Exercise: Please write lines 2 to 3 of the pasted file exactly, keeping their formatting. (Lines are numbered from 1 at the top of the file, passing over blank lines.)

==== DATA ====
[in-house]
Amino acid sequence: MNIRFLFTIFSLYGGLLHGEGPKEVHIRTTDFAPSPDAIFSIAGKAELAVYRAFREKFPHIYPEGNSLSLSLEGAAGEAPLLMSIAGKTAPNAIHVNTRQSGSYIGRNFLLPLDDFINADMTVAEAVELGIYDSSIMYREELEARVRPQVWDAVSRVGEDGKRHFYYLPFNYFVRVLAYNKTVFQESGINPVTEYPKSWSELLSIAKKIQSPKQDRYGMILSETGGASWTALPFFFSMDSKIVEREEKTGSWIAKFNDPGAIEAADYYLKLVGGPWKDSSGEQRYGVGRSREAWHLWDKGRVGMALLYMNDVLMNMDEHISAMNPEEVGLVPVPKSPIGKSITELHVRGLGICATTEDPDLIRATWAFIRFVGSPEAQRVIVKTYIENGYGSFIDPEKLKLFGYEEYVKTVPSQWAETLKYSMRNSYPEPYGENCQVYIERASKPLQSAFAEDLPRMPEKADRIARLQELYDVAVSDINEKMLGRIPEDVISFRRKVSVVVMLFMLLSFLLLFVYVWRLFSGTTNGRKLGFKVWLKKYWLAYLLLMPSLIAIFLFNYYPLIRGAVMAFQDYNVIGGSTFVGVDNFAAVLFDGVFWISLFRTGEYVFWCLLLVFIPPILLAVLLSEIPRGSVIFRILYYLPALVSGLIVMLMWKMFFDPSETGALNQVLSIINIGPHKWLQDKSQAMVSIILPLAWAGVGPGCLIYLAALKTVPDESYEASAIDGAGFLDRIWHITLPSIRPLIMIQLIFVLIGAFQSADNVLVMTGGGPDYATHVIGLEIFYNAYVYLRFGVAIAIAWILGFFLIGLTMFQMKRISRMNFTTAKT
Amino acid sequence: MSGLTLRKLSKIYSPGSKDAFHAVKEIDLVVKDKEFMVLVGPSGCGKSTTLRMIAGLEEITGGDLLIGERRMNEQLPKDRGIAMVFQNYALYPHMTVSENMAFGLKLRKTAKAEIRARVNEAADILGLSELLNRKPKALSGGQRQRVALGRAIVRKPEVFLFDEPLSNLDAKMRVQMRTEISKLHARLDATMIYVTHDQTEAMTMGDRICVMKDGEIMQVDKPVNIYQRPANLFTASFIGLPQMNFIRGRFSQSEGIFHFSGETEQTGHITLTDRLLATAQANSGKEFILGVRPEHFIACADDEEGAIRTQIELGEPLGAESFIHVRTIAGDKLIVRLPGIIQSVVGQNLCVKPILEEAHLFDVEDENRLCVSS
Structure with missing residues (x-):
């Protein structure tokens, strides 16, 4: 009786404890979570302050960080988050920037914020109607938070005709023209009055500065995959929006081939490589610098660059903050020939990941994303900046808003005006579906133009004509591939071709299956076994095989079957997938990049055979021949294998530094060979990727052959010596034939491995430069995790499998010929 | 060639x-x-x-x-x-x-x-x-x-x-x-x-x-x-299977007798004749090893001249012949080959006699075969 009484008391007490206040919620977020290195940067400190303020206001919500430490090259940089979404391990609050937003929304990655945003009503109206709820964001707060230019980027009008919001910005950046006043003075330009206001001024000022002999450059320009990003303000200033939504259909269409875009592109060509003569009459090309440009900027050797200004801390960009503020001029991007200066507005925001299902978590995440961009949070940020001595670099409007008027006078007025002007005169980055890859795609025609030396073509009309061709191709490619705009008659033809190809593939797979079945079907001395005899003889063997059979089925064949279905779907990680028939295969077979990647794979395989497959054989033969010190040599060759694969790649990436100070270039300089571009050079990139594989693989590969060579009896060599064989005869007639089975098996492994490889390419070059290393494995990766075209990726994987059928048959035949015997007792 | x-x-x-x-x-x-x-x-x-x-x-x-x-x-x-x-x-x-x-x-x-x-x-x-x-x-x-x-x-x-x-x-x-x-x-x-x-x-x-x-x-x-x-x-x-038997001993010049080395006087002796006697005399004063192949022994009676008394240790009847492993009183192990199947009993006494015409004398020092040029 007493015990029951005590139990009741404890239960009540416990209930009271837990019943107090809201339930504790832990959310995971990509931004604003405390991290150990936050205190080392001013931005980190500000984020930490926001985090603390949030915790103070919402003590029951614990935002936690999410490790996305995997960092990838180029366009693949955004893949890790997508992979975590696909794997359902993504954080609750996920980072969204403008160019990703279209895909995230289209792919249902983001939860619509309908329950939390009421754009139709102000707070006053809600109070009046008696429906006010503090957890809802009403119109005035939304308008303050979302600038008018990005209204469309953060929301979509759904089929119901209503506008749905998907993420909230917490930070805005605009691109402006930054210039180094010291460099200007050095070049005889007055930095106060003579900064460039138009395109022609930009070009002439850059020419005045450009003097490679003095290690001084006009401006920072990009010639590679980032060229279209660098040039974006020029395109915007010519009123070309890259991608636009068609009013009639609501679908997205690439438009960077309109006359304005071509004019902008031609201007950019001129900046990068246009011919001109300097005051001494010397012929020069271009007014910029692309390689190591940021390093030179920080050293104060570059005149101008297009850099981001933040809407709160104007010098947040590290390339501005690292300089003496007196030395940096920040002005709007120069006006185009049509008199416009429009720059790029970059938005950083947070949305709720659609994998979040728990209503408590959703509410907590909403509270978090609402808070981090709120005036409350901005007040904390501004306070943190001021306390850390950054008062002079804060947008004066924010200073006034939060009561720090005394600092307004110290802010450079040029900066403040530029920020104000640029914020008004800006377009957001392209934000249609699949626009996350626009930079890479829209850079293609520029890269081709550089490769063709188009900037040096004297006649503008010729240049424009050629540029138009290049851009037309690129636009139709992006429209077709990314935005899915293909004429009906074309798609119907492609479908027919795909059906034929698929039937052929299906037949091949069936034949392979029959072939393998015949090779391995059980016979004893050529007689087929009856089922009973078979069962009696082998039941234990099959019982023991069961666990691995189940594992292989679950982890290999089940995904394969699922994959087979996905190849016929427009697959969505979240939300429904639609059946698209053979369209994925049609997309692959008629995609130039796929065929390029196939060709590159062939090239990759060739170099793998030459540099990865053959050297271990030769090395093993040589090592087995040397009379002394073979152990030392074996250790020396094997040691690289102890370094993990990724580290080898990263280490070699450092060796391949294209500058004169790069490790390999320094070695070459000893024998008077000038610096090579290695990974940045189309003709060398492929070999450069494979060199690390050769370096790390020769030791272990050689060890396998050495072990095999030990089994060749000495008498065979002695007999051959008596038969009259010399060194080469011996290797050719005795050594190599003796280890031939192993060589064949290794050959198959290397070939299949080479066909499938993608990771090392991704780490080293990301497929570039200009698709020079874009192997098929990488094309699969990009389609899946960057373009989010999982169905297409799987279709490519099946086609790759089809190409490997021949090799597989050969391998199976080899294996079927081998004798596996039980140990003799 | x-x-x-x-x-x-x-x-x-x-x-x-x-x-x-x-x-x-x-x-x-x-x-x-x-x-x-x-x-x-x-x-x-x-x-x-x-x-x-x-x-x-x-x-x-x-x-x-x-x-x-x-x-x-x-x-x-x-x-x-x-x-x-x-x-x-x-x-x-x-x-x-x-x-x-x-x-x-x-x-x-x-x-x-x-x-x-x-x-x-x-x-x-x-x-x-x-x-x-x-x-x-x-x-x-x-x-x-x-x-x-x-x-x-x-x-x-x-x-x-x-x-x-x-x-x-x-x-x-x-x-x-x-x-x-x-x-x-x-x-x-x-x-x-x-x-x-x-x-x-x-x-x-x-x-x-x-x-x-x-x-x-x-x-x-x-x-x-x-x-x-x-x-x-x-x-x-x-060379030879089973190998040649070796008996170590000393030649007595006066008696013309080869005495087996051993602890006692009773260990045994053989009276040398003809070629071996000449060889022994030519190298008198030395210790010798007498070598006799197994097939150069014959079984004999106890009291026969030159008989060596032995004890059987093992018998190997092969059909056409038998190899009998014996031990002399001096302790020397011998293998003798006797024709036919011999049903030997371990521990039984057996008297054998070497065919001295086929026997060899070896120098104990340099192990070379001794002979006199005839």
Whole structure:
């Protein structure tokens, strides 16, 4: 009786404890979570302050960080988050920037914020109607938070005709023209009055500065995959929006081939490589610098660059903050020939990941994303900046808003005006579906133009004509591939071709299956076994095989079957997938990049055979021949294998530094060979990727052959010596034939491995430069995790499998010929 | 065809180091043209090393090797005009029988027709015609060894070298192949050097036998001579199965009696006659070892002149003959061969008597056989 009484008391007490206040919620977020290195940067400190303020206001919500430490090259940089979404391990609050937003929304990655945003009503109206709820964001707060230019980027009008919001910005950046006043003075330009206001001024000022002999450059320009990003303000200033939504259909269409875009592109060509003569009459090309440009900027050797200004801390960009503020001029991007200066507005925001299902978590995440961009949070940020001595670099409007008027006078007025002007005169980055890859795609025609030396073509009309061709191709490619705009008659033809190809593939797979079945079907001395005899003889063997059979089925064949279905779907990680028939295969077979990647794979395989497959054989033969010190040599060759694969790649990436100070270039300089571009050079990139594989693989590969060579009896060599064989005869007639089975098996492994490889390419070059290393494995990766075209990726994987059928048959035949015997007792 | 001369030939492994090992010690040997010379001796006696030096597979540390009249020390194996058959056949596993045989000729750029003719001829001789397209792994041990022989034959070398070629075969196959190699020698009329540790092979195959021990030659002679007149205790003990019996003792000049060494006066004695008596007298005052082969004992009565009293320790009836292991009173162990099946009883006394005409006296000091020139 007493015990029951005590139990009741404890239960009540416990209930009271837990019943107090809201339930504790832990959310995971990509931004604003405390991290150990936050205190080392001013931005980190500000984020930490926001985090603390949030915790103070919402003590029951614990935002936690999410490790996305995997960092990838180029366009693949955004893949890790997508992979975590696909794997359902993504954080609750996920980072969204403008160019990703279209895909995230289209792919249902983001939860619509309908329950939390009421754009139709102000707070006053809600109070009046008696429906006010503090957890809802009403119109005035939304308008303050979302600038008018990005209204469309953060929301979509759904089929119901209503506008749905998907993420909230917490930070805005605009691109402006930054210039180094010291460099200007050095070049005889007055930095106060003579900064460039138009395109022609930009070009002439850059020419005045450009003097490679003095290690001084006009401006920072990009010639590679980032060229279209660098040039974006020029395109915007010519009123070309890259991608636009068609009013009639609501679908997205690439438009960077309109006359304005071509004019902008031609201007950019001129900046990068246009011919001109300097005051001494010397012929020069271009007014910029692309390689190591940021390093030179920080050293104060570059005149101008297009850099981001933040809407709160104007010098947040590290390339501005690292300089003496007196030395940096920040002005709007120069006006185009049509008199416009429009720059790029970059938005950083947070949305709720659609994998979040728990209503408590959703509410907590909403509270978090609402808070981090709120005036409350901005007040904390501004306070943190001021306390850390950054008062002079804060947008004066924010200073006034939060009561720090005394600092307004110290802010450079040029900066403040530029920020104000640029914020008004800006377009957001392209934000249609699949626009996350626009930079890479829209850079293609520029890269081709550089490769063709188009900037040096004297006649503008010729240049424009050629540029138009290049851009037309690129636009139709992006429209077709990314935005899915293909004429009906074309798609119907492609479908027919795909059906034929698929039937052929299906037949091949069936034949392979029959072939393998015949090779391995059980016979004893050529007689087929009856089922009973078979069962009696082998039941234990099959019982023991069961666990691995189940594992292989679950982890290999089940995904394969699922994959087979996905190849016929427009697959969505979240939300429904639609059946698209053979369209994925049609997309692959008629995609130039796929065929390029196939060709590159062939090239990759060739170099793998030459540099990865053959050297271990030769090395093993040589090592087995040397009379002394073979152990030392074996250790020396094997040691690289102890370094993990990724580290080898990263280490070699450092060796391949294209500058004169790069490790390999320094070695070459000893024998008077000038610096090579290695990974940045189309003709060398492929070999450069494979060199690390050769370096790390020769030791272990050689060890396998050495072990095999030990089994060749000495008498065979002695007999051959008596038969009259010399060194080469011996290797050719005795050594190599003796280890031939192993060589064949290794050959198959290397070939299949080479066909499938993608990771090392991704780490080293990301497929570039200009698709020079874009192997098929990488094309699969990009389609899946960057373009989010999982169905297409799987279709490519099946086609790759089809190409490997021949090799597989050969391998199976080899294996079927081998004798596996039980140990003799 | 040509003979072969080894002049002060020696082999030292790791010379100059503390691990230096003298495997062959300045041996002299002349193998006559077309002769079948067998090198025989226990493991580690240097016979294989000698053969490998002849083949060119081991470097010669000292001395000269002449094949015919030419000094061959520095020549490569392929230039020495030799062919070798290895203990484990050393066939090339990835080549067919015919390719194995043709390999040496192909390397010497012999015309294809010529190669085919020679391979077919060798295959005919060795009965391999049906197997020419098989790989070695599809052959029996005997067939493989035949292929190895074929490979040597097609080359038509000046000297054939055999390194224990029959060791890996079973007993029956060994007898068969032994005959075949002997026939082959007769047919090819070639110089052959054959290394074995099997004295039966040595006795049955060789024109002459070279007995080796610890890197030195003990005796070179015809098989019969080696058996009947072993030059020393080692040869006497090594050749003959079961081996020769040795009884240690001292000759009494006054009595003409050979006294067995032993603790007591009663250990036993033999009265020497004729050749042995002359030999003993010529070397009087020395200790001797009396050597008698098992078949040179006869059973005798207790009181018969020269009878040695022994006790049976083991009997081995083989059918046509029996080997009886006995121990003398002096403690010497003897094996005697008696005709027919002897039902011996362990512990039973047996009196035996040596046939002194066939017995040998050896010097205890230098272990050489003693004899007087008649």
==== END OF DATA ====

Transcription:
Amino acid sequence: MNIRFLFTIFSLYGGLLHGEGPKEVHIRTTDFAPSPDAIFSIAGKAELAVYRAFREKFPHIYPEGNSLSLSLEGAAGEAPLLMSIAGKTAPNAIHVNTRQSGSYIGRNFLLPLDDFINADMTVAEAVELGIYDSSIMYREELEARVRPQVWDAVSRVGEDGKRHFYYLPFNYFVRVLAYNKTVFQESGINPVTEYPKSWSELLSIAKKIQSPKQDRYGMILSETGGASWTALPFFFSMDSKIVEREEKTGSWIAKFNDPGAIEAADYYLKLVGGPWKDSSGEQRYGVGRSREAWHLWDKGRVGMALLYMNDVLMNMDEHISAMNPEEVGLVPVPKSPIGKSITELHVRGLGICATTEDPDLIRATWAFIRFVGSPEAQRVIVKTYIENGYGSFIDPEKLKLFGYEEYVKTVPSQWAETLKYSMRNSYPEPYGENCQVYIERASKPLQSAFAEDLPRMPEKADRIARLQELYDVAVSDINEKMLGRIPEDVISFRRKVSVVVMLFMLLSFLLLFVYVWRLFSGTTNGRKLGFKVWLKKYWLAYLLLMPSLIAIFLFNYYPLIRGAVMAFQDYNVIGGSTFVGVDNFAAVLFDGVFWISLFRTGEYVFWCLLLVFIPPILLAVLLSEIPRGSVIFRILYYLPALVSGLIVMLMWKMFFDPSETGALNQVLSIINIGPHKWLQDKSQAMVSIILPLAWAGVGPGCLIYLAALKTVPDESYEASAIDGAGFLDRIWHITLPSIRPLIMIQLIFVLIGAFQSADNVLVMTGGGPDYATHVIGLEIFYNAYVYLRFGVAIAIAWILGFFLIGLTMFQMKRISRMNFTTAKT
Amino acid sequence: MSGLTLRKLSKIYSPGSKDAFHAVKEIDLVVKDKEFMVLVGPSGCGKSTTLRMIAGLEEITGGDLLIGERRMNEQLPKDRGIAMVFQNYALYPHMTVSENMAFGLKLRKTAKAEIRARVNEAADILGLSELLNRKPKALSGGQRQRVALGRAIVRKPEVFLFDEPLSNLDAKMRVQMRTEISKLHARLDATMIYVTHDQTEAMTMGDRICVMKDGEIMQVDKPVNIYQRPANLFTASFIGLPQMNFIRGRFSQSEGIFHFSGETEQTGHITLTDRLLATAQANSGKEFILGVRPEHFIACADDEEGAIRTQIELGEPLGAESFIHVRTIAGDKLIVRLPGIIQSVVGQNLCVKPILEEAHLFDVEDENRLCVSS